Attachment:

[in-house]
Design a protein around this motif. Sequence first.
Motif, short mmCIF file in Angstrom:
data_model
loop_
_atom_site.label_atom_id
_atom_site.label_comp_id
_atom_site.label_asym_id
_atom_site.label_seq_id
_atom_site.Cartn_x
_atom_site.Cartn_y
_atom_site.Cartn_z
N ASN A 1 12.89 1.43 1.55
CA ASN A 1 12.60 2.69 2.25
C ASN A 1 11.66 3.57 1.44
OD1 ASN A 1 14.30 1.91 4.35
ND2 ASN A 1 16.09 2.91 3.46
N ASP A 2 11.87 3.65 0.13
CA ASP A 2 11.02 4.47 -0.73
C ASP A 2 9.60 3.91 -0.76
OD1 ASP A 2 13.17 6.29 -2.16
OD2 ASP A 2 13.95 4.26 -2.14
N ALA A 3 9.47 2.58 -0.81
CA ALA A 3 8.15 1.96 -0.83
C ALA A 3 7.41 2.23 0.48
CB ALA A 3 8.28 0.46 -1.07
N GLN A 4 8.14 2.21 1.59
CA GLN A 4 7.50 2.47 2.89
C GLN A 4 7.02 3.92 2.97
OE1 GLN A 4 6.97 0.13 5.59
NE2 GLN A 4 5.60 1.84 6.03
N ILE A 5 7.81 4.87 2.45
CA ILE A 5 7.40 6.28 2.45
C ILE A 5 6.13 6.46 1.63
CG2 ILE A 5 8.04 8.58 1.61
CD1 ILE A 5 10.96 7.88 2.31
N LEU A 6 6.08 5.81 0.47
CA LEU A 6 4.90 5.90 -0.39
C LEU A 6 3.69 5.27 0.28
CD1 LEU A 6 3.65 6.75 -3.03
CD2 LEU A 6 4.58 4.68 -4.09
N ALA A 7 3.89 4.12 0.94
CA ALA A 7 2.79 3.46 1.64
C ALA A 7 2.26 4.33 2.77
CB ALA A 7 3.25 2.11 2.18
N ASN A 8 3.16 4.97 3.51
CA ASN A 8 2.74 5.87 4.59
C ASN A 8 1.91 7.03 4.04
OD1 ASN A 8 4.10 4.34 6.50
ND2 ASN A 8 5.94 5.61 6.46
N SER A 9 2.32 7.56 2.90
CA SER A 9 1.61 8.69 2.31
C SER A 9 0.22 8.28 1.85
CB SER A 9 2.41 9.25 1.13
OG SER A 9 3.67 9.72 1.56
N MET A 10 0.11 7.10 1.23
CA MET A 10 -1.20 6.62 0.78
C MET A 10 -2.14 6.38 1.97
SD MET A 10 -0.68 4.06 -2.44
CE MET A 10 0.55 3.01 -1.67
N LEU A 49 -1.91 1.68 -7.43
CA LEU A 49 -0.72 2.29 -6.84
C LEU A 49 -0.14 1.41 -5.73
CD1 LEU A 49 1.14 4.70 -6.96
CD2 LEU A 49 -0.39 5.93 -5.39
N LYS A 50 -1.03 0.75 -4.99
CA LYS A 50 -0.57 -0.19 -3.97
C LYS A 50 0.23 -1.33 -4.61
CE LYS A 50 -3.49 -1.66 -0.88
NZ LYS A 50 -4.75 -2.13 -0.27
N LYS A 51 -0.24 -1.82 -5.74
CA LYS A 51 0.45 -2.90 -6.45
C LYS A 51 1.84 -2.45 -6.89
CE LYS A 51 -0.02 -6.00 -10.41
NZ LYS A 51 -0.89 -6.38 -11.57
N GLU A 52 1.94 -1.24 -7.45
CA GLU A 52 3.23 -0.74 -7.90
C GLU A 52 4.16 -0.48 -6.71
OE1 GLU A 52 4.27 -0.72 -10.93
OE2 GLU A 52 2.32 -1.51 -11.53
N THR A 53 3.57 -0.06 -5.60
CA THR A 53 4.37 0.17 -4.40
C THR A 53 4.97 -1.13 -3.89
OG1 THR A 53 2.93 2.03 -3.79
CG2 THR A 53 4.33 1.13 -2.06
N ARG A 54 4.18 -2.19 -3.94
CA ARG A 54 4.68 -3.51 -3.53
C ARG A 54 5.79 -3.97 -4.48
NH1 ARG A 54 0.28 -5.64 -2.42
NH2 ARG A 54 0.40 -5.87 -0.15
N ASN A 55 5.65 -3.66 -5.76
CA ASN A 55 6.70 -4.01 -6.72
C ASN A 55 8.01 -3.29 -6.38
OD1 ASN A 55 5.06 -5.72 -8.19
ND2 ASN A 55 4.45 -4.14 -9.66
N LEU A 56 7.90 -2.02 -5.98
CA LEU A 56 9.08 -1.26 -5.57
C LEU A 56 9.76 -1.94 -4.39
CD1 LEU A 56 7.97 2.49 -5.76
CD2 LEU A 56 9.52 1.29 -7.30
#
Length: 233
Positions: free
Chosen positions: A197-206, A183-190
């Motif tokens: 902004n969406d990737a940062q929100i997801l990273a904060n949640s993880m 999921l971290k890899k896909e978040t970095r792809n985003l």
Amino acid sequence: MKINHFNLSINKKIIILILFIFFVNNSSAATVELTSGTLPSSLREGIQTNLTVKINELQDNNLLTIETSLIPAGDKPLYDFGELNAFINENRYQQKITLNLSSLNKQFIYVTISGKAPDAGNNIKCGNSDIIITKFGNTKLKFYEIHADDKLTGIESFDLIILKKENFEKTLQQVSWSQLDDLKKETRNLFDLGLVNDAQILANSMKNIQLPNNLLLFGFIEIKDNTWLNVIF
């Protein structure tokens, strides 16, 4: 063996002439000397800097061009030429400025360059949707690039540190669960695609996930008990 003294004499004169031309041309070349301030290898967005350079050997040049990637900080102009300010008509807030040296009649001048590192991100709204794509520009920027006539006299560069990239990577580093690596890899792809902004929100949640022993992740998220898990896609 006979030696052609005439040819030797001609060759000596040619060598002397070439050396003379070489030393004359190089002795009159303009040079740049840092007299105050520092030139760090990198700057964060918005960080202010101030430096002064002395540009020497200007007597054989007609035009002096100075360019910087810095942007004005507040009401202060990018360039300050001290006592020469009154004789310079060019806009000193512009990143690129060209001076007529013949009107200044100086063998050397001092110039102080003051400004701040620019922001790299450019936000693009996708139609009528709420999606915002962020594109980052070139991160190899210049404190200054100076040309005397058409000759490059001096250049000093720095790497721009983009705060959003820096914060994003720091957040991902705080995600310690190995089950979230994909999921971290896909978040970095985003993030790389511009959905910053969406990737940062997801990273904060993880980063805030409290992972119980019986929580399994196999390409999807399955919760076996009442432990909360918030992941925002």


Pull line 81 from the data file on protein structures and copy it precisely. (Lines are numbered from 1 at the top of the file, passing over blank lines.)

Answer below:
N THR A 53 3.57 -0.06 -5.60